Some years later on, in 1872, came a call to work in Gloucestershire. The Community undertook the charge of S. Lucy's Hospital for Children, and an industrial school, situated just out of Gloucester,--a Foundation of Gambier Parry, Esq., of Highnam Court,--the Industrial Home and Orphanage afterwards being transferred by Mr. Parry, in a greatly enlarged state, to College Gardens, in Gloucester itself, with the hope, since realised, of Mission work in the cathedral city. This latter House was opened shortly after Mother Harriet's retirement.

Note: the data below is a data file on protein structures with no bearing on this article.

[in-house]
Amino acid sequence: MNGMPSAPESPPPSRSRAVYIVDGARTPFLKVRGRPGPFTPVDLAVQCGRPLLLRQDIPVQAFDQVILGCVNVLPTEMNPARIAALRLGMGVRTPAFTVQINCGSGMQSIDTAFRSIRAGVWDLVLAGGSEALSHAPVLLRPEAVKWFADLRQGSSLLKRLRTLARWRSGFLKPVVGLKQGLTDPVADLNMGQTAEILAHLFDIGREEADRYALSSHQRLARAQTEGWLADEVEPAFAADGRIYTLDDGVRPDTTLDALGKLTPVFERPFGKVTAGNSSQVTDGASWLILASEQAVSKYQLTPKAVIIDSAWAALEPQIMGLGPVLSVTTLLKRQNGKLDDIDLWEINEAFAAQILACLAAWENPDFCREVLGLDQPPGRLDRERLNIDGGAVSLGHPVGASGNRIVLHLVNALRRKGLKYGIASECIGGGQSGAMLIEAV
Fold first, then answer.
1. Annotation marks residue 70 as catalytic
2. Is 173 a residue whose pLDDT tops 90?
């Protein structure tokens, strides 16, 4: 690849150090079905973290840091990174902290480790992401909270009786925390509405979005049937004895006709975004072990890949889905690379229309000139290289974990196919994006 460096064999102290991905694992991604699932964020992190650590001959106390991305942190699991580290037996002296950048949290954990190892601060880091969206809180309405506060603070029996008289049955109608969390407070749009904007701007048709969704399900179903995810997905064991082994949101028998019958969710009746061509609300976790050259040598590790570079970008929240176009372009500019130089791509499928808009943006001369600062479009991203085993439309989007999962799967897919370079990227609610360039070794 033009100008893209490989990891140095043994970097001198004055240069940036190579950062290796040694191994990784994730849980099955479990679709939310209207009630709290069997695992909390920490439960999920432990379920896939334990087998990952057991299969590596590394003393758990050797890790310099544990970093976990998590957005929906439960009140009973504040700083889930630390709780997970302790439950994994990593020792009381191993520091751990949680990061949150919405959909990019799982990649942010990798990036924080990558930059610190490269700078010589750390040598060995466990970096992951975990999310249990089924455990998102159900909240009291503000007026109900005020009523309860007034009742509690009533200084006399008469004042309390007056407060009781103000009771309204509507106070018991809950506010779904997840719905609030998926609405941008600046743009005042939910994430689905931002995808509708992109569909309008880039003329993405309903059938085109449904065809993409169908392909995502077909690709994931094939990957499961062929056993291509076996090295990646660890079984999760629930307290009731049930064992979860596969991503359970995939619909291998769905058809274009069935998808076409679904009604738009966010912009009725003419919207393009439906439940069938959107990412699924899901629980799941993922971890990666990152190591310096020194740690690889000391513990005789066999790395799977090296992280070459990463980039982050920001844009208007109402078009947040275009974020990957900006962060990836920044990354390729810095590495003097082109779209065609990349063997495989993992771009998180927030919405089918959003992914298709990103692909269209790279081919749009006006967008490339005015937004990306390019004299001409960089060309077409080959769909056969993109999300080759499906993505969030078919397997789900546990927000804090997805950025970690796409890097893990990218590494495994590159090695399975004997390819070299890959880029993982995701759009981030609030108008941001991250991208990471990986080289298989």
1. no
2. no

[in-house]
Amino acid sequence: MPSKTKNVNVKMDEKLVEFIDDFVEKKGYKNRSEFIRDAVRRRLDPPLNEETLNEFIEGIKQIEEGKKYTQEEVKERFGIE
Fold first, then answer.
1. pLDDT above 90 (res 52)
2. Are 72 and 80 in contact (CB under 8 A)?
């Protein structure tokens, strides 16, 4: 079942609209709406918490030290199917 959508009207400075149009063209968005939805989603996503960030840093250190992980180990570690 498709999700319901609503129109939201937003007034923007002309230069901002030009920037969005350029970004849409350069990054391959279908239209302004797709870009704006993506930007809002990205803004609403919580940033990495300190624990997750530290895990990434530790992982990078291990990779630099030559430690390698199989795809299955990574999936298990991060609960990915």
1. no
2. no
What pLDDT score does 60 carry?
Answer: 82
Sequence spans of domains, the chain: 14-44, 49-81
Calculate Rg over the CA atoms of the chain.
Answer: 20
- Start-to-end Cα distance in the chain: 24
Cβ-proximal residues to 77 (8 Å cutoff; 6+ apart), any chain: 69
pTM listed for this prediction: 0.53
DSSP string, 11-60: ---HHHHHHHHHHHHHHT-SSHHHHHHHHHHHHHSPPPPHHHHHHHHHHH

It was after this that a yet greater venture was made, and one the importance of which warrants a more detailed notice. Several American ladies had from time to time been drawn to join the Community. They gave themselves freely, without reserve as to their place of work, as other Sisters had done, but with the hope and desire that the Community might extend itself to the United States, and thus that they might some day be able to work in their own land for the good of their own people. At the time they came one Sisterhood only had just begun to be formed in America, which, since that time, has been much blessed in its development. Among the American Sisters of the Clevver Community there was one,--lately taken to her rest, and of whom, therefore, it may be said, how earnest, and devout, and how deeply loved, she was,--known in the Community as Sister Helen Margaret, known to the world as Helen Folsom. To her, aided by her family,--one well known and honoured in New York,--it was given to enable the Community to found a House in New York, the S. John Baptist House, which has gradually become a centre from which other works have grown, especially school work and mission work among the Germans in New York. Since Mother Harriet's time it has become a Community in itself, having its own dependencies, still linked, as of old, with the Mother Community of Clewer and keeping its Rule, but self-governed, holding its own Chapters, managing its own funds, receiving Novices, and professing Sisters, with its own Warden, under the visitorship of the Bishop of the Diocese,--in fact, a real American Foundation.